Fertility Test for Women

Fertility Tests for Women start with relevant blood tests to assess the hormone levels that cause infertility. These include Follicle-stimulating hormone (or FSH)Luteinizing hormone (or LH)Free and Total TestosteroneProlactin (or PRL) and Sex Hormone-Binding globulin (or SHBG) 


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AMH-MIS may be used in the investigation of ovarian reserve since AMH concentrations in adult women reflect the number of small antral and preantral follicles entering the growth phase of their life cycle. These follicles are proportional to the number of primordial follicles that still remain in the ovary, or the ovarian reserve.
AMH decreases throughout a woman's reproductive life, which reflects the continuous decline of the oocyte/follicle pool with age and, accordingly, ovarian aging.

DHEA is a weakly androgenic steroid that is useful when congenital adrenal hyperplasia is suspected. It is also useful in determining the source of androgens in hyperandrogenic conditions, such as polycystic ovarian syndrome and adrenal tumors.

DHEA-S is the sulfated form of DHEA and is the major androgen produced by the adrenal glands. This test is used in the differential diagnosis of hirsute or virilized female patients and for the diagnosis of isolated premature adrenarche and adrenal tumors. About 10% of hirsute women with Polycystic Ovarian Syndrome (PCOS) have elevated DHEA-S but normal levels of other androgens.

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Measuring the circulating levels of estradiol is important for assessing the ovarian function and monitoring follicular development for assisted reproduction protocols. Estradiol plays an essential role throughout the human menstrual cycle. Elevated estradiol levels in females may also result from primary or secondary ovarian hyperfunction. Very high estradiol levels are found during the induction of ovulation for assisted reproduction therapy or in pregnancy. Decreased estradiol levels in females may result from either lack of ovarian synthesis (primary ovarian hypofunction and menopause) or a lesion in the hypothalamus-pituitary axis (secondary ovarian hypofunction). Elevated estradiol levels in males may be due to increased aromatization of androgens, resulting in gynecomastia.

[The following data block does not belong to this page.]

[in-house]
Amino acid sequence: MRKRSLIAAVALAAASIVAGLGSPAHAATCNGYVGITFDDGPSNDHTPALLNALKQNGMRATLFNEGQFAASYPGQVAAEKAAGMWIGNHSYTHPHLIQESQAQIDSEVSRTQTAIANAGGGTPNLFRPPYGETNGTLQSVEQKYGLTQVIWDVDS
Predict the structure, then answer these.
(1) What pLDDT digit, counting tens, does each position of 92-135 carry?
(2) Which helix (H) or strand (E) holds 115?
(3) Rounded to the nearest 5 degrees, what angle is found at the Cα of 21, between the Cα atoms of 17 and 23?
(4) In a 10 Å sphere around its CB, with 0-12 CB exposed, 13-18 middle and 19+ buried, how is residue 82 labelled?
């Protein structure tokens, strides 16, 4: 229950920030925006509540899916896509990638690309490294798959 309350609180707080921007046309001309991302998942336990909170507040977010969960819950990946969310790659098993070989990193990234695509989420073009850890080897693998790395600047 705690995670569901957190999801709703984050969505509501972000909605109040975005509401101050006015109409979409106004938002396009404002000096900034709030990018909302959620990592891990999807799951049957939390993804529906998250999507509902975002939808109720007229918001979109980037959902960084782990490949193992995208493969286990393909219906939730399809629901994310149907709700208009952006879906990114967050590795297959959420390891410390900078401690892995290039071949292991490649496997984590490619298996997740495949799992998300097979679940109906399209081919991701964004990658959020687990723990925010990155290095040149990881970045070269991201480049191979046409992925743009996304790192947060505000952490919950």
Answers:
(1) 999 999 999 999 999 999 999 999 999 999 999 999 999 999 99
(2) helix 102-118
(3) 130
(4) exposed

IMPORTANT - Note this Estradiol test is not for children that have yet to start their menstrual cycle.  If this test is ordered for a child that has yet to begin their menstrual cycle Quest Diagnostics labs will substitute in Estradiol, Ultrasensitive LC/MS/MS - #30289 at an additional charge of $34

Estrogens are secreted by the gonads, adrenal glands, and placenta. Total estrogens provide an overall picture of estrogen status for men and women.

This test is useful in the differential diagnosis of pituitary and gonadal insufficiency and in children with precocious puberty.

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FSH and LH are secreted by the anterior pituitary in response to gonadotropin-releasing hormone (GNRH) secreted by the hypothalamus. In both males and females, FSH and LH secretion is regulated by a balance of positive and negative feedback mechanisms involving the hypothalamic-pituitary axis, the reproductive organs, and the pituitary and sex steroid hormones. FSH and LH play a critical role in maintaining the normal function of the male and female reproductive systems. Abnormal FSH levels with corresponding increased or decreased levels of LH, estrogens, progesterone, and testosterone are associated with a number of pathological conditions. Increased FSH levels are associated with menopause and primary ovarian hypofunction in females and primary hypogonadism in males. Decreased levels of FSH are associated with primary ovarian hyper-function in females and primary hypergonadism in males. Normal or decreased levels of FSH are associated with polycystic ovary disease in females. In males, LH is also called interstitial cell-stimulating hormone (ICSH). Abnormal LH levels with corresponding increased or decreased levels of FSH, estrogens, progesterone, and testosterone are associated with a number of pathological conditions. Increased LH levels are associated with menopause, primary ovarian hypofunction, and polycystic ovary disease in females and primary hypo-gonadism in males. Decreased LH levels are associated with primary ovarian hyperfunction in females and primary hyper-gonadism in males.

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This test is useful in the differential diagnosis of pituitary and gonadal insufficiency and in children with precocious puberty.

Levels increase sharply during the luteal phase of the menstrual cycle. The level increases from 9 to 32 weeks of pregnancy.